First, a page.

Despite it all, we braved it. We believed we are doing what's right and were encouraged by all those around us who couldn't believe what was happening to their country. What he did galvanized the people, and on Tuesday, despite shutting down all major roads leading into Cairo, we managed to get over 2 million protesters in Cairo alone and 3 million all over Egypt to come out and demand Mubarak's departure. Those are people who stood up to the regime's ruthlessness and anger and declared that they were free, and were refusing to live in the Mubarak dictatorship for one more day. That night, he showed up on TV, and gave a very emotional speech about how he intends to step down at the end of his term and how he wants to die in Egypt, the country he loved and served. To me, and to everyone else at the protests this wasn't nearly enough, for we wanted him gone now. Others started asking that we give him a chance, and that change takes time and other such poppycock. Hell, some people and family members cried when they saw his speech. People felt sorry for him for failing to be our dictator for the rest of his life and inheriting us to his Son. It was an amalgam of Stockholm syndrome coupled with slave mentality in a malevolent combination that we never saw before. And the Regime capitalized on it today.

Today, they brought back the internet, and started having people calling on TV and writing on facebook on how they support Mubarak and his call for stability and peacefull change in 8 months. They hung on to the words of the newly appointed government would never harm the protesters, whom they believe to be good patriotic youth who have a few bad apples amongst them. We started getting calls asking people to stop protesting because "we got what we wanted" and "we need the country to start working again". People were complaining that they miss their lives. That they miss going out at night, and ordering Home Delivery. That they need us to stop so they can resume whatever existence they had before all of this. All was forgiven, the past week never happened and it's time for Unity under Mubarak's rule right now.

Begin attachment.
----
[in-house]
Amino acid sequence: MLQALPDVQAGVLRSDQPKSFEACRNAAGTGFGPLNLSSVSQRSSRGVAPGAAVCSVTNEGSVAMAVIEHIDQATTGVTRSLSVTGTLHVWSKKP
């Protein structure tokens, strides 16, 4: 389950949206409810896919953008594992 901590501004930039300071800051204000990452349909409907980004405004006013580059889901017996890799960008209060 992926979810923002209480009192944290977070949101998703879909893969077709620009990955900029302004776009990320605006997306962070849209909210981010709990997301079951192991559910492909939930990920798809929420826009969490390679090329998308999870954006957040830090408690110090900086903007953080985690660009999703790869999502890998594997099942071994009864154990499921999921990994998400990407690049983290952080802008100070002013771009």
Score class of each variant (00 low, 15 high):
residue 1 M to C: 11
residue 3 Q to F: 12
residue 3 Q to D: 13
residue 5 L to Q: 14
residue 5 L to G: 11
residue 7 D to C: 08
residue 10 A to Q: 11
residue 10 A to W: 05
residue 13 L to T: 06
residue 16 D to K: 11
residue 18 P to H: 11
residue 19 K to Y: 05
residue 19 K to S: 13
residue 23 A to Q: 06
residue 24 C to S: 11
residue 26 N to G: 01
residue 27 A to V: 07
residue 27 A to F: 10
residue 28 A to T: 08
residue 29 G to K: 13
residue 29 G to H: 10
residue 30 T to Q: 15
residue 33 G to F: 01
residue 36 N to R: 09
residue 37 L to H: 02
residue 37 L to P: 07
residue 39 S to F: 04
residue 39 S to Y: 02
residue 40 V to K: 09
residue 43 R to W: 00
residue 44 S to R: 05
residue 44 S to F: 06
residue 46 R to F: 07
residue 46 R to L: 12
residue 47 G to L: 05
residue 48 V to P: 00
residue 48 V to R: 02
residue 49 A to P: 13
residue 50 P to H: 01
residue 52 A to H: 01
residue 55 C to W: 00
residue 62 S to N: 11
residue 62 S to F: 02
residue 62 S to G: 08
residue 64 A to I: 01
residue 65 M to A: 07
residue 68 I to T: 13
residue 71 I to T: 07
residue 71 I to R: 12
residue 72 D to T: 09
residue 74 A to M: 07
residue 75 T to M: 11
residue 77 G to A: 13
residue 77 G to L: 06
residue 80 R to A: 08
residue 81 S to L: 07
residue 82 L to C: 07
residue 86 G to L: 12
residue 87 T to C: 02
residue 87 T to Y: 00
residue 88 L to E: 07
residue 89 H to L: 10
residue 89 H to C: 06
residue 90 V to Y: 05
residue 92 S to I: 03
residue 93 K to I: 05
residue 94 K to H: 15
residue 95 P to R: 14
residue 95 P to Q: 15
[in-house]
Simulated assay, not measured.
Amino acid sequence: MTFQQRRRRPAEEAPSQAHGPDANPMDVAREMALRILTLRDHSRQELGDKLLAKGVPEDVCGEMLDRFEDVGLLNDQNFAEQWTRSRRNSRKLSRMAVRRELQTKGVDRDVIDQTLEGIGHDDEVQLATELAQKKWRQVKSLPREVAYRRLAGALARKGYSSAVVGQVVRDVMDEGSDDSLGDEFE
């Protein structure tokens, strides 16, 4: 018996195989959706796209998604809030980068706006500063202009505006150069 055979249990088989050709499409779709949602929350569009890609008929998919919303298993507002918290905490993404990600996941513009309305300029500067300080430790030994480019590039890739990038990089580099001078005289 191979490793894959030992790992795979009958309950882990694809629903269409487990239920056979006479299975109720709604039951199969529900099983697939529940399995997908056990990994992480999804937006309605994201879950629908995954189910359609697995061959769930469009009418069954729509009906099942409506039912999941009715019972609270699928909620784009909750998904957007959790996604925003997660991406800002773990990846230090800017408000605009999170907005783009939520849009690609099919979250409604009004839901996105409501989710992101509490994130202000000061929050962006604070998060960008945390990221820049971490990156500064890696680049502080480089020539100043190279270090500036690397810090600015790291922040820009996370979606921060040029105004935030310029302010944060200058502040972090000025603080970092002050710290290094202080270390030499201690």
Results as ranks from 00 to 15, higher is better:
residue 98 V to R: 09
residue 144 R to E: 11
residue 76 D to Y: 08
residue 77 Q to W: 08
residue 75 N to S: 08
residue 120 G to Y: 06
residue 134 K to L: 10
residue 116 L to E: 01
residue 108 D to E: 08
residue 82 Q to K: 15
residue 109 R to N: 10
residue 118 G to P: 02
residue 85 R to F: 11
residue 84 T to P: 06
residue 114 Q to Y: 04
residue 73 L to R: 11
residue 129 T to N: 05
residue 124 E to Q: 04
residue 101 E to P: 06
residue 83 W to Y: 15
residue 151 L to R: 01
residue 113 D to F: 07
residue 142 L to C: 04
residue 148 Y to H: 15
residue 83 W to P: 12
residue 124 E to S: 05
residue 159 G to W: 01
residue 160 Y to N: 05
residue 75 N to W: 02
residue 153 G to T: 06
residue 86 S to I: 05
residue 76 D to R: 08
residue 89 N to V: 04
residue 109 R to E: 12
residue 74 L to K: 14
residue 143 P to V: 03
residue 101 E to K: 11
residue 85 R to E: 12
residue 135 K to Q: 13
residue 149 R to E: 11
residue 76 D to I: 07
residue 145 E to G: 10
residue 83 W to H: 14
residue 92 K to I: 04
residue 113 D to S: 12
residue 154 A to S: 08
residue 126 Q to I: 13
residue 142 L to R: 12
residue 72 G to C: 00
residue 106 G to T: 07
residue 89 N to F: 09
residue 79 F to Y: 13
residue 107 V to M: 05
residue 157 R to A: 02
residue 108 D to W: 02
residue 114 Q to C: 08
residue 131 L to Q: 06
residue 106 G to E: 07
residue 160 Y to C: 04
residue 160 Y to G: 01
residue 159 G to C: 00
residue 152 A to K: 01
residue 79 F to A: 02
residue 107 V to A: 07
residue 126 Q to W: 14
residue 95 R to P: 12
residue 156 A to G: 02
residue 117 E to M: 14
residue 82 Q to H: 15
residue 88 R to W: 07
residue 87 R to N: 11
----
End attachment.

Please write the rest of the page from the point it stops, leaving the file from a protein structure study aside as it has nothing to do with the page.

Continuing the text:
To all of those people I say: NEVER! I am sorry that your lives and businesses are disrupted, but this wasn't caused by the Protesters. The Protesters aren't the ones who shut down the internet that has paralyzed your businesses and banks: The government did. The Protesters weren't the ones who initiated the military curfew that limited your movement and allowed goods to disappear off market shelves and gas to disappear: The government did. The Protesters weren't the ones who ordered the police to withdraw and claimed the prisons were breached and unleashed thugs that terrorized your neighborhoods: The government did. The same government that you wish to give a second chance to, as if 30 years of dictatorship and utter failure in every sector of government wasn't enough for you. The Slaves were ready to forgive their master, and blame his cruelty on those who dared to defy him in order to ensure a better Egypt for all of its citizens and their children. After all, he gave us his word, and it's not like he ever broke his promises for reform before or anything.

Then Mubarak made his move and showed them what useful idiots they all were.